TV bosses to be ‘punished’ after Vladimir Putin was ‘beheaded’ by a glitch during his New Year’s message

TV officials in Russia are to be “punished” after Vladimir Putin was “beheaded” on screen as he made his televised New Year’s message.

A channel in Kaliningrad – the country’s most westerly region – blamed a "technical glitch” rather than a political protest for the embarrassing scandal.

Only the lower half of the Russian strongman’s head was visible to viewers as addressed the nation against a backdrop of the Kremlin. 

The president’s annual address is traditionally broadcast a few minutes before midnight in each of Russia’s 11 time zones.

It has a status akin to the Queen’s Christmas Day message in Britain and the Commonwealth.

But on Kaskad TV, the top of Putin’s face including his eyes was invisible during his longest-ever New Year’s message. 

Horrified editors soon realised the error and aborted the broadcast on both television and the internet, replacing it with music. 

Red-faced bosses at the channel admitted a “technical glitch” was to blame and offered “sincere apologies to the viewers” though surprisingly not to Putin himself.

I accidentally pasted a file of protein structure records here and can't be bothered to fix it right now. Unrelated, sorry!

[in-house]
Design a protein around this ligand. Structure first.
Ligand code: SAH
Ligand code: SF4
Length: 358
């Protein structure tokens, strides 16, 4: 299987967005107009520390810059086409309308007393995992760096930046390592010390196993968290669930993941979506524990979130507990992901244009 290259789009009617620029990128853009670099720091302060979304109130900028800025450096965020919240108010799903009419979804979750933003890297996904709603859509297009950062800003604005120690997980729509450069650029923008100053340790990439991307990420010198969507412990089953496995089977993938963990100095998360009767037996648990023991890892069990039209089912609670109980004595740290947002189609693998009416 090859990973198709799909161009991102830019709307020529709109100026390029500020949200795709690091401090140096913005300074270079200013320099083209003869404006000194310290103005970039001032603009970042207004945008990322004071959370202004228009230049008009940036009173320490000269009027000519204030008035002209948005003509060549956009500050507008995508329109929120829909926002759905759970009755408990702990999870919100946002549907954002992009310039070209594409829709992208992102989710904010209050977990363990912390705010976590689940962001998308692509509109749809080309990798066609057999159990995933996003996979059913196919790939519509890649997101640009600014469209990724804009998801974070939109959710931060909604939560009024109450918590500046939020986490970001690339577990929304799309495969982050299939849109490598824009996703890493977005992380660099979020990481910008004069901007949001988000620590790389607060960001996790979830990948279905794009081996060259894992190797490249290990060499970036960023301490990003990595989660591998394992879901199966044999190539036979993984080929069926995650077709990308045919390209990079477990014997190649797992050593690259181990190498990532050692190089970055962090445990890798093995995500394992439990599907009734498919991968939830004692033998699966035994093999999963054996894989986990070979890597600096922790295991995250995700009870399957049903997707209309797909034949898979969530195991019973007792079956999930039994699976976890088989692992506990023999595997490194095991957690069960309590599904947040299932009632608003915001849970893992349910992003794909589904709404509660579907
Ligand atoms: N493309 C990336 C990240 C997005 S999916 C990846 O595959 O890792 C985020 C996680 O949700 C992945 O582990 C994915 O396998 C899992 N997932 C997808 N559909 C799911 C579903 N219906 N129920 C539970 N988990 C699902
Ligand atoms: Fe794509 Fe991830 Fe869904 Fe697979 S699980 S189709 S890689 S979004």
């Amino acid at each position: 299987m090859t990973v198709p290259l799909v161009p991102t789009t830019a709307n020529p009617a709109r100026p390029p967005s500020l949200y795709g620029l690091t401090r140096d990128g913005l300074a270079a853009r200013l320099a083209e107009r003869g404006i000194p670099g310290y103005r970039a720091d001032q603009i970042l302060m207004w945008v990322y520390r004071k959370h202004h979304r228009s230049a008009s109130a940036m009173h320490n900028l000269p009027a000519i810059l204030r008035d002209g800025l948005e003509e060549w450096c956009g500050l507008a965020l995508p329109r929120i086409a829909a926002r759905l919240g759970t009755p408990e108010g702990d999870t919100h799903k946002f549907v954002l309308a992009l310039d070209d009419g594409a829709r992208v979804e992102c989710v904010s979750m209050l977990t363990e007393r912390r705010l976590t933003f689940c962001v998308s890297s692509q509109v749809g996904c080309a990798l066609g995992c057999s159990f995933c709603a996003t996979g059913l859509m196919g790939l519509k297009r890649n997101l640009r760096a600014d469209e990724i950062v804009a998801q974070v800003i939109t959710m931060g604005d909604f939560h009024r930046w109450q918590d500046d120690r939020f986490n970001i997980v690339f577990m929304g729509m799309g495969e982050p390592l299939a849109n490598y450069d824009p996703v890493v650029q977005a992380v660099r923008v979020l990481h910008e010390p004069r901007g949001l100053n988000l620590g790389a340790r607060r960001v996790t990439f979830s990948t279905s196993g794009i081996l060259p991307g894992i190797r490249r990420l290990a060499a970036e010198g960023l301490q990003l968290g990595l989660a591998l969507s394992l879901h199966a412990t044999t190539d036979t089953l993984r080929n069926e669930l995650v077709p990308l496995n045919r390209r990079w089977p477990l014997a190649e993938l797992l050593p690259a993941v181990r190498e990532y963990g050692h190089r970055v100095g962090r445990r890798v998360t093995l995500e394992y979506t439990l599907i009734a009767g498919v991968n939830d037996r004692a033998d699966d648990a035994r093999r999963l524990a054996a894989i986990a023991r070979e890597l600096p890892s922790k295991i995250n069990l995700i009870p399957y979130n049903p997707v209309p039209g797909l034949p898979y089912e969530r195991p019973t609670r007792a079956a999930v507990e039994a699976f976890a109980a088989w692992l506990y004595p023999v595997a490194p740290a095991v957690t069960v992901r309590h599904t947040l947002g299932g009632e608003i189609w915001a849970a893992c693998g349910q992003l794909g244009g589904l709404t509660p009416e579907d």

They said an “investigation of the incident is ongoing” and menacingly “those who are guilty will be punished”.

The statement did not specify the punishments to be meted out, nor name those responsible – though there was speculation about them being “shot”.

A video of the blunder was recorded by a shocked viewer in Kaliningrad, and the incident sparked quick fire social media comments on his "beheading".

“Were the guilty shot yet?” asked one commenter. 

“He is a KGB man after all, no-one should see his full face,” posted another.

“Everyone knows that there is only botox up there,” said one more.

One viewer observed that this was “quite a brave channel” while another predicted: “Kaput to Kaskad TV."

A few minutes earlier, a broadcast of New Year message by the regional governor Anton Alikhanov was screened without mishap. 

Due to its location on the Baltic Sea, Kaliningrad is the last Russian region to hear Putin’s address, an hour after Moscow. 

His New Year broadcast lasted six minutes, a record for him, but shorter than his predecessor Boris Yeltsin’s famous message ushering in the year 2000, which announced that former KGB spy Putin was the new acting president. 

He used the broadcast to lament about the difficulties caused by Covid-19, but also to urge Russians to have faith in themselves. 

Putin noted that “not all of us are at the New Year table right now” due to deaths and illness caused by the coronavirus, but praised the work of doctors and the emergency services.

Source: Read Full Article